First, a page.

– Egg drop soup with spring greens, topped with sliced scallions
– Grilled scallion, asparagus and turnip salad
– Grilled beef bulgogi wrapped in lettuce leaves.  Easily adapted to tofu.
– Salmon patties with minced scallions mixed into the batter.

Scallion Pancakes

I love scallion pancakes and have tried many recipes over the years.  
Kimchi, Pork + Scallion Pancakes – Beth’s comment: This is our household’s favorite, but we add bay scallops instead of pork, halve the kimchi and add any green, whether spinach, komatsuna, napa cabbage or kale.  Kale takes longer to cook than spinach, so reduce the amount and slice finely before adding to the batter.  We skip the relish and use 1:1 soy sauce:rice vinegar for dipping sauce.  These are hefty and filling.

Member suggestions:
Several of you have shared scallion pancake recipes in our Facebook discussion group over the years.  Here are some of the recipe links and comments.  
Korean Pancakes with Scallions (Pa Jun) – “So many scallions, so little time. Make Pa Jun, Korean scallion pancakes. There were a few different recipes in the newsletter but I like this one! Simple, fast, and delicious!”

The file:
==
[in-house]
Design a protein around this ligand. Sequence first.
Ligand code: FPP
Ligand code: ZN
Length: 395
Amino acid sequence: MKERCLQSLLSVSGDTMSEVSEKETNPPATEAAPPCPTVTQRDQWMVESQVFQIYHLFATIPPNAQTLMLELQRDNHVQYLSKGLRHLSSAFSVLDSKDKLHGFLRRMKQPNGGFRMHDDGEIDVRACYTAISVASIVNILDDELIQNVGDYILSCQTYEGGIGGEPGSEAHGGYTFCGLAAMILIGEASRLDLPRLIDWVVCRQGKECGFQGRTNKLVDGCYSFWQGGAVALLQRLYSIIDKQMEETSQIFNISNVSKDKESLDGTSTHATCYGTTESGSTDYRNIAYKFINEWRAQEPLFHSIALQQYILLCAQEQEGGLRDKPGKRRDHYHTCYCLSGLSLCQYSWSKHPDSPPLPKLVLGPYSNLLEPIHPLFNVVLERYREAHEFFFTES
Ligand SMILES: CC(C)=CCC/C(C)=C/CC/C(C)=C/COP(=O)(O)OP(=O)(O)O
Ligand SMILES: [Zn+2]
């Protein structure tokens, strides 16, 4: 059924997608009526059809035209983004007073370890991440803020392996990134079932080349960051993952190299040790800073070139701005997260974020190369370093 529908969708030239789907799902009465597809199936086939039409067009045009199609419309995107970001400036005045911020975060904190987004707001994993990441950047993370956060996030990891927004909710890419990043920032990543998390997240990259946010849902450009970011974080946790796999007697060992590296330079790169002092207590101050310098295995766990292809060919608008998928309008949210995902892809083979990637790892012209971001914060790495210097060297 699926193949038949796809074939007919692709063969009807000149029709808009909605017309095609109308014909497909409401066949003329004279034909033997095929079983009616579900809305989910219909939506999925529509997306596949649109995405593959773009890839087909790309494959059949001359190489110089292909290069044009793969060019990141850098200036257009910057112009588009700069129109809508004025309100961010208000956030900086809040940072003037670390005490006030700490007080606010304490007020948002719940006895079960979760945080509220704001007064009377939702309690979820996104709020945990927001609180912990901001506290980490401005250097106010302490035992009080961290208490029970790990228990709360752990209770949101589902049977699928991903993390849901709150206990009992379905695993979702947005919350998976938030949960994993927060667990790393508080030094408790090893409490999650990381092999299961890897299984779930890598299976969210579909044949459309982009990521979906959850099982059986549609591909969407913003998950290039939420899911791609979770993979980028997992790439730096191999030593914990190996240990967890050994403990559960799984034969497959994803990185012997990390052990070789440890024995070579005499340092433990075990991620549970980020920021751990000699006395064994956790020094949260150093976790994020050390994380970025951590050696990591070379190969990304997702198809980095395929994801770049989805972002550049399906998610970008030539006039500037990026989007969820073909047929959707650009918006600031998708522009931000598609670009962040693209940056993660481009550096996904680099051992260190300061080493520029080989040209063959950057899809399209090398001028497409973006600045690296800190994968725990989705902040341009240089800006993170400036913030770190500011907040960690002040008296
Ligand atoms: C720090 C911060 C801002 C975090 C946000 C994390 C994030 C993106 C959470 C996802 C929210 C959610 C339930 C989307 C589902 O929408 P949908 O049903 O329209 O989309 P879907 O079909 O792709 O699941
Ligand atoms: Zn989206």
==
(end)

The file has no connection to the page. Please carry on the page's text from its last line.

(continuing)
Extra Flaky Scallion Pancake Recipe – This recipe makes layered pancakes.  This is a J. Kenji López-Alt recipes, with his usual insightful explanations.


kale & orzo risotto
Photo by debslunch

Kale and Orzo “Risotto”

Based on a recipe by Hetty McKinnon, this one pot dish subs orzo, a rice-shaped pasta, for rice. Orzo cooks more quickly than rice and there’s less need for stirring. I tested the recipe with curly kale, but the original recipe was designed for the lacinto kale in this week’s box. With the flavors of spanakopita – herbs, greens, and feta – this is a tasty way to get even the greens haters in your house to eat their greens.

Serves: 4
Takes: 30 minutes


about 1/2 pound lacinto kale, 8-9 ounces, rinsed, stems removed and leaves thinly sliced
1 cup onion, finely chopped
3 cloves garlic minced or put through a press
2-3 tablespoons olive oil